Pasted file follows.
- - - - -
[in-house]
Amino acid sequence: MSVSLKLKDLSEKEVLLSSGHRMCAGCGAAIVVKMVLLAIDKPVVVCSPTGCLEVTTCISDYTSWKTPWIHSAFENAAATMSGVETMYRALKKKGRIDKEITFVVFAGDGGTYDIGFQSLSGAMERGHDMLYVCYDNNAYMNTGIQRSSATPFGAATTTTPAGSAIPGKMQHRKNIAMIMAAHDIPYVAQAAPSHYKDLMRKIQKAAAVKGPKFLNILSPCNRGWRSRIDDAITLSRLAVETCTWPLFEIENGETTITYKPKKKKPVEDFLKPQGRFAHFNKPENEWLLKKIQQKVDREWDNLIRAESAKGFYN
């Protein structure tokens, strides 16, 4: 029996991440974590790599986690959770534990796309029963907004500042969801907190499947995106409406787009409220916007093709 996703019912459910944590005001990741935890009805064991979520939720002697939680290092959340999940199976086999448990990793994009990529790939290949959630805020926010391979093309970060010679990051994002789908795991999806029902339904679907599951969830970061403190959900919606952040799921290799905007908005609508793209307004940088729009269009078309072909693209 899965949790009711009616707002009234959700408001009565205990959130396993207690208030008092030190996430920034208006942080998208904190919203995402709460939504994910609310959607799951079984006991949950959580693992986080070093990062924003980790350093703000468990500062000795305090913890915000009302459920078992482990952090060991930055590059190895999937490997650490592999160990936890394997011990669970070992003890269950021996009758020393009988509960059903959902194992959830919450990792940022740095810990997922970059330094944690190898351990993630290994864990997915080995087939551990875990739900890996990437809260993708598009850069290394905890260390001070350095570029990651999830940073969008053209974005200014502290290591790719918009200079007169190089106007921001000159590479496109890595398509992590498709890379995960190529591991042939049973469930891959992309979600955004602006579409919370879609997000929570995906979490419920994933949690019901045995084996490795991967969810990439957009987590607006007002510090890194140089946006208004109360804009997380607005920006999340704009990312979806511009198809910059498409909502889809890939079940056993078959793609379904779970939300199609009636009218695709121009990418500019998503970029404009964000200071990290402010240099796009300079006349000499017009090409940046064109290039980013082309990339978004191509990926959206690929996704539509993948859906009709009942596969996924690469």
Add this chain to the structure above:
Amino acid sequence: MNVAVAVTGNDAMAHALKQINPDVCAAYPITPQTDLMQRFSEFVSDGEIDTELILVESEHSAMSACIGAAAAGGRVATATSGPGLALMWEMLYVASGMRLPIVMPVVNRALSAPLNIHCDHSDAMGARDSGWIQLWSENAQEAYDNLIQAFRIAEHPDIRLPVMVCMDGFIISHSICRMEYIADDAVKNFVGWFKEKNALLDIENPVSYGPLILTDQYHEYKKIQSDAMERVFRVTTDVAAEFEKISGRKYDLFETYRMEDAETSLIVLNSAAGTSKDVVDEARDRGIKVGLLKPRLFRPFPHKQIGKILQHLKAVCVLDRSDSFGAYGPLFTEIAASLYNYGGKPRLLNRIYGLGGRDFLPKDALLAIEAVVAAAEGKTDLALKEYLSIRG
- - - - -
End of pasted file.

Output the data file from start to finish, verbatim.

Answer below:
[in-house]
Amino acid sequence: MSVSLKLKDLSEKEVLLSSGHRMCAGCGAAIVVKMVLLAIDKPVVVCSPTGCLEVTTCISDYTSWKTPWIHSAFENAAATMSGVETMYRALKKKGRIDKEITFVVFAGDGGTYDIGFQSLSGAMERGHDMLYVCYDNNAYMNTGIQRSSATPFGAATTTTPAGSAIPGKMQHRKNIAMIMAAHDIPYVAQAAPSHYKDLMRKIQKAAAVKGPKFLNILSPCNRGWRSRIDDAITLSRLAVETCTWPLFEIENGETTITYKPKKKKPVEDFLKPQGRFAHFNKPENEWLLKKIQQKVDREWDNLIRAESAKGFYN
């Protein structure tokens, strides 16, 4: 029996991440974590790599986690959770534990796309029963907004500042969801907190499947995106409406787009409220916007093709 996703019912459910944590005001990741935890009805064991979520939720002697939680290092959340999940199976086999448990990793994009990529790939290949959630805020926010391979093309970060010679990051994002789908795991999806029902339904679907599951969830970061403190959900919606952040799921290799905007908005609508793209307004940088729009269009078309072909693209 899965949790009711009616707002009234959700408001009565205990959130396993207690208030008092030190996430920034208006942080998208904190919203995402709460939504994910609310959607799951079984006991949950959580693992986080070093990062924003980790350093703000468990500062000795305090913890915000009302459920078992482990952090060991930055590059190895999937490997650490592999160990936890394997011990669970070992003890269950021996009758020393009988509960059903959902194992959830919450990792940022740095810990997922970059330094944690190898351990993630290994864990997915080995087939551990875990739900890996990437809260993708598009850069290394905890260390001070350095570029990651999830940073969008053209974005200014502290290591790719918009200079007169190089106007921001000159590479496109890595398509992590498709890379995960190529591991042939049973469930891959992309979600955004602006579409919370879609997000929570995906979490419920994933949690019901045995084996490795991967969810990439957009987590607006007002510090890194140089946006208004109360804009997380607005920006999340704009990312979806511009198809910059498409909502889809890939079940056993078959793609379904779970939300199609009636009218695709121009990418500019998503970029404009964000200071990290402010240099796009300079006349000499017009090409940046064109290039980013082309990339978004191509990926959206690929996704539509993948859906009709009942596969996924690469």
Add this chain to the structure above:
Amino acid sequence: MNVAVAVTGNDAMAHALKQINPDVCAAYPITPQTDLMQRFSEFVSDGEIDTELILVESEHSAMSACIGAAAAGGRVATATSGPGLALMWEMLYVASGMRLPIVMPVVNRALSAPLNIHCDHSDAMGARDSGWIQLWSENAQEAYDNLIQAFRIAEHPDIRLPVMVCMDGFIISHSICRMEYIADDAVKNFVGWFKEKNALLDIENPVSYGPLILTDQYHEYKKIQSDAMERVFRVTTDVAAEFEKISGRKYDLFETYRMEDAETSLIVLNSAAGTSKDVVDEARDRGIKVGLLKPRLFRPFPHKQIGKILQHLKAVCVLDRSDSFGAYGPLFTEIAASLYNYGGKPRLLNRIYGLGGRDFLPKDALLAIEAVVAAAEGKTDLALKEYLSIRG